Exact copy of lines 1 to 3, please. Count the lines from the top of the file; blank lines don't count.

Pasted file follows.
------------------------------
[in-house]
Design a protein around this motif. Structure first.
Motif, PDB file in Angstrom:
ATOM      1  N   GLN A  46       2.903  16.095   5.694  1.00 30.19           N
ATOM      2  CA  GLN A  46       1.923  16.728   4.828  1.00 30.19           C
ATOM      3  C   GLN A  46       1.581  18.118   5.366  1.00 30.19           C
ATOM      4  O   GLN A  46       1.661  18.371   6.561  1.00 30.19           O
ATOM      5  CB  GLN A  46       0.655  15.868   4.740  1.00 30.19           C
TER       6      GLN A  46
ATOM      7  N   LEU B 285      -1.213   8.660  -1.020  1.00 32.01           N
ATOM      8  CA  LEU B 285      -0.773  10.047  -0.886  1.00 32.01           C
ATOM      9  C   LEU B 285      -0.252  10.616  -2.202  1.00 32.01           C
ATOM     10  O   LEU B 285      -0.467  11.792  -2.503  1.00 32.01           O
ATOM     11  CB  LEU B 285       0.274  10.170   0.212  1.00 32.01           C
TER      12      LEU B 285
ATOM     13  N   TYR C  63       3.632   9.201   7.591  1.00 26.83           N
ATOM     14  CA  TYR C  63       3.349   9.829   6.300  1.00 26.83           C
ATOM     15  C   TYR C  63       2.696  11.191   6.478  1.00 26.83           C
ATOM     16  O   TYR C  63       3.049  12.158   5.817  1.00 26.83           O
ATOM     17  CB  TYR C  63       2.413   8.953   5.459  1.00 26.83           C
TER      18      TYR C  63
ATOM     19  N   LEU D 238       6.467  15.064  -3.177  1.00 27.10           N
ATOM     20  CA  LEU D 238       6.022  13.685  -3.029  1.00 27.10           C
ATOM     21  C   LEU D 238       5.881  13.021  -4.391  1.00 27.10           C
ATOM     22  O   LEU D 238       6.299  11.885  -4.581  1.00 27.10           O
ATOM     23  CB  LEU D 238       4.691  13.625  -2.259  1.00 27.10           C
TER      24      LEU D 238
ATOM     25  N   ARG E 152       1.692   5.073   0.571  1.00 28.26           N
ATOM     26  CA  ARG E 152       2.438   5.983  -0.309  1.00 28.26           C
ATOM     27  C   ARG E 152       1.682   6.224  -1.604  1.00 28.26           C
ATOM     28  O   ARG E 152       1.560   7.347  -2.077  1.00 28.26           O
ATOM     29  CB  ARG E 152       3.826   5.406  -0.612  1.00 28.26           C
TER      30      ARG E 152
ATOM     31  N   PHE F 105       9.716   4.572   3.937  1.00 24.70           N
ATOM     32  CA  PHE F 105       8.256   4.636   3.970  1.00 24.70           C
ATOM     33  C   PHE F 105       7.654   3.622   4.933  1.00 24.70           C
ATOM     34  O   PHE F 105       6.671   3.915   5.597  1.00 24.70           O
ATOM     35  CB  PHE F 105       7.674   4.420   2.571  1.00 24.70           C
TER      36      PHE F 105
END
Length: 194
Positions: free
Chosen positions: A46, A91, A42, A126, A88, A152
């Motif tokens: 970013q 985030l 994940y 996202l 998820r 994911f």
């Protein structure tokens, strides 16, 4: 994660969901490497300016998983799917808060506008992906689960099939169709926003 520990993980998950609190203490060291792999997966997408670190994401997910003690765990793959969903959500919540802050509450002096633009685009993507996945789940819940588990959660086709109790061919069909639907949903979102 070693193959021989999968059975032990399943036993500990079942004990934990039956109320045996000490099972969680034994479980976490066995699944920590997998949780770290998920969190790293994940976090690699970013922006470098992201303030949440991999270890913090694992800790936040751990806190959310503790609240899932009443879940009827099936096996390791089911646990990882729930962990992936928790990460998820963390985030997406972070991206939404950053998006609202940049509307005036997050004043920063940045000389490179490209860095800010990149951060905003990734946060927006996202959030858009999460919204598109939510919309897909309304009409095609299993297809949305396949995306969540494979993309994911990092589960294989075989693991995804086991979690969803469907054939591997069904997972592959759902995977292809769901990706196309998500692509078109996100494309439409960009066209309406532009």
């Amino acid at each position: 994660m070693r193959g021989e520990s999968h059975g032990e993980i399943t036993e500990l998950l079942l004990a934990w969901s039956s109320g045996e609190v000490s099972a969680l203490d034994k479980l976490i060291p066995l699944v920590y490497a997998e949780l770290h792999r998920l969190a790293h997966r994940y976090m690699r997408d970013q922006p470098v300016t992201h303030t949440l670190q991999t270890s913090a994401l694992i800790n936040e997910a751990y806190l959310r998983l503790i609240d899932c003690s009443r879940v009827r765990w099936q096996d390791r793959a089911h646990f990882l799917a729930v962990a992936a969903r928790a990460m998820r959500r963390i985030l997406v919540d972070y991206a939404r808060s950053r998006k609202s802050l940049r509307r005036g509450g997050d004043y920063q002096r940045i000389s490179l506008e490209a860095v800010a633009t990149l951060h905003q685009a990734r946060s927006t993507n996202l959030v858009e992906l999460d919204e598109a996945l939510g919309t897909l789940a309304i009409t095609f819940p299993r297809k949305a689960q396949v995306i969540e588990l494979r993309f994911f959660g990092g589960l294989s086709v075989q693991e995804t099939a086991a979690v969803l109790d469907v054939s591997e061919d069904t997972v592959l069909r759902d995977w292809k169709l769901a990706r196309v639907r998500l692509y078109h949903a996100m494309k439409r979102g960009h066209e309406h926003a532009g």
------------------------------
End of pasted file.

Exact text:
[in-house]
Design a protein around this motif. Structure first.
Motif, PDB file in Angstrom: